It is estimated that it costs businesses $30.87 to process a paper invoice, $27.67 a PDF invoice, and only $9.18 to process an e-invoice. This means it's approximately 70% cheaper to process an e-invoice than traditional paper or PDF invoices, saving businesses time spent manually entering invoices.

    This equates to estimated shared savings (between the sender and receiver) of $21.69 each time e-invoicing replaces a paper invoice and $18.49 when it replaces a PDF invoice.

    The introduction of the common e-invoicing approach will make it easier for businesses on both sides of the Tasman to interact and transact with each other, and with government.

    Fewer errors

    E-invoicing standards will ensure that information exchanged is correct and of high quality. Removing manual handling and the re-keying of information means fewer incorrect or lost invoices.

    Direct and secure

    E-invoices are received directly into the business's financial systems, minimising the risk of fake or compromised invoices.

    The integrity of e-invoicing will streamline interactions between businesses and with government. It will reduce opportunities of billing scams and money loss, as the transaction is part of a secure and reliable framework.

    Available for every business size

    E-Invoicing standards will ensure that all businesses in all sectors can access and benefit from e-invoicing, regardless of their size and the systems they currently use.

    Benefits for digital service providers

    The e-invoicing initiative creates new market opportunities for digital service providers. It enables cost-effective and innovative solutions for different sized businesses.

    The common approach across Australia and New Zealand will also bring consistency in the way e-invoicing standards are incorporated into existing or new software products.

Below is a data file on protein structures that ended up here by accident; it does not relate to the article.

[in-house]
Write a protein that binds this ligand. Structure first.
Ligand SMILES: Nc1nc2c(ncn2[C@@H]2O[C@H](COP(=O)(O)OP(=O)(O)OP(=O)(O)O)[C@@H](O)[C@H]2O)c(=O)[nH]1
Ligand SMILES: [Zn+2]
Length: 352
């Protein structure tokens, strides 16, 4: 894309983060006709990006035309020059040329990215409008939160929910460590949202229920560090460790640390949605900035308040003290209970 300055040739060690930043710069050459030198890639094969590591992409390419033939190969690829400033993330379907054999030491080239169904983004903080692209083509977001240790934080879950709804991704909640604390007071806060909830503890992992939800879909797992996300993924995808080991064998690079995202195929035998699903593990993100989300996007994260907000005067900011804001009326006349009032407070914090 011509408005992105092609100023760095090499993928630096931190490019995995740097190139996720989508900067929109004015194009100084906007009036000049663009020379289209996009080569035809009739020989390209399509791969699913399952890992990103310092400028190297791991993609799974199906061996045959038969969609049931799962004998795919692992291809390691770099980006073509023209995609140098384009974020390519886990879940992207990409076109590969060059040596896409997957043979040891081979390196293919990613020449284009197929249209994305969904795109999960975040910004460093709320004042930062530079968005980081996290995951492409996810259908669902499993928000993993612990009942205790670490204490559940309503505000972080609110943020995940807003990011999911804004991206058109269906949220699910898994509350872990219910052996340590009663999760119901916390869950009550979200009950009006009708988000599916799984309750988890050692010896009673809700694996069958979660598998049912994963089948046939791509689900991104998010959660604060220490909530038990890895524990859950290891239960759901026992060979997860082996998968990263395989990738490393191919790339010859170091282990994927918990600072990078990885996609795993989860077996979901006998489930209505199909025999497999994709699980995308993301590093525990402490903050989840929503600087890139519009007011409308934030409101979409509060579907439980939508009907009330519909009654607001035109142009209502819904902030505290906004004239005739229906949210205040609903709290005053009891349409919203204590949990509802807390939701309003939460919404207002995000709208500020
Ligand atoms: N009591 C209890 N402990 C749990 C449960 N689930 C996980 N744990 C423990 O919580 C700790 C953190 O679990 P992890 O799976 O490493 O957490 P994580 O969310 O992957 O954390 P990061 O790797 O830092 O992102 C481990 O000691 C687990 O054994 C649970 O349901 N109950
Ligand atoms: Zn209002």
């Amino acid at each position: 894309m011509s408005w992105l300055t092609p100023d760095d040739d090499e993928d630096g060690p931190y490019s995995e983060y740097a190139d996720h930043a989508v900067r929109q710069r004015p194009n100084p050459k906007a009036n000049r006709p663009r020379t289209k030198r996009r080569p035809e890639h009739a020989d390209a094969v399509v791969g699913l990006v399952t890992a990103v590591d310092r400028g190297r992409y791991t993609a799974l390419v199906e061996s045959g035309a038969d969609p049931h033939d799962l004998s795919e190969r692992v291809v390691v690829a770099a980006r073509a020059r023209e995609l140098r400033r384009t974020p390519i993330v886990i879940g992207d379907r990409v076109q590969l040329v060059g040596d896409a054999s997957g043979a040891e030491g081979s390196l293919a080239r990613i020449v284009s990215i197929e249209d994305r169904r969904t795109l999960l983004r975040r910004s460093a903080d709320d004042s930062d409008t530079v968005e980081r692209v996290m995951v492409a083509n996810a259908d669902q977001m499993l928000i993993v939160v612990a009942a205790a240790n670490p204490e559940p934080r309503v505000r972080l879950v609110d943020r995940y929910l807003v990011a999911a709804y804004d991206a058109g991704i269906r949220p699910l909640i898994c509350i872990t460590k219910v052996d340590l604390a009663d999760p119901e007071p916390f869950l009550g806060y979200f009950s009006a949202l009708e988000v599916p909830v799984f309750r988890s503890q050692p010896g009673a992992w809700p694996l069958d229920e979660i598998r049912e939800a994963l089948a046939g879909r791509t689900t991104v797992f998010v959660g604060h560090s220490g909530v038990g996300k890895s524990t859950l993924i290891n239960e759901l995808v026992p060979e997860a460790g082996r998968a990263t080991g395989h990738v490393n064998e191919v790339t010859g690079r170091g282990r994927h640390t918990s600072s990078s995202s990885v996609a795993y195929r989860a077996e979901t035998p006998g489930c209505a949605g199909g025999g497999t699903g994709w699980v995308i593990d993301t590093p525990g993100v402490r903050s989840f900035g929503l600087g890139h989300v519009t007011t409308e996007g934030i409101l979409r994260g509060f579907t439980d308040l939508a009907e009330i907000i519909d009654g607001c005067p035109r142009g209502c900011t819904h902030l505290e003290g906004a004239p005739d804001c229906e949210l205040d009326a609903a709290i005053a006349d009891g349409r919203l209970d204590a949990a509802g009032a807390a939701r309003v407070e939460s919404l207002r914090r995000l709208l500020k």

Benefits for tax professionals

    Tax professionals play a critical role as trusted advisers for small-to-medium sized businesses and are a trusted source of advice on running a business. E-invoicing is an opportunity for tax professionals to differentiate their service offer by providing cutting-edge advice and encouraging their clients towards a digital future.

    It also provides tax professionals with the opportunity to help their clients improve record keeping, meet reporting obligations, get paid quicker and improve their cash flow, ultimately assisting them to meet their business objectives more efficiently.

    Getting ready for e-invoicing

    Find out how you can get ready for e-invoicing:


    To find out your next steps towards e-invoicing, start by contacting your software provider to see if you are digitally ready.

    Ask your software provider about how they will offer e-invoicing and what you need to do. For example, you may need to update to your existing software, or an additional service.

    Also remember to:

    • find out what support they will offer you in making the transition
    • subscribe to their communications – for example, email, newsletter and web updates.

    Digital service providers

    To provide e-invoicing services, such as being an access point or a digital capability publisher, you will need to be accredited.

    More information about the e-invoicing framework and interim accreditation is available on the ATO software developer siteExternal Link.

    Tax professionals

    As a tax professional, start talking to your clients about e-invoicing and how it will benefit them.

    Keep an eye on any upcoming engagements for tax professionals to gain more information and understanding of e-invoicing.

    Last modified: 04 Mar 2019QC 57901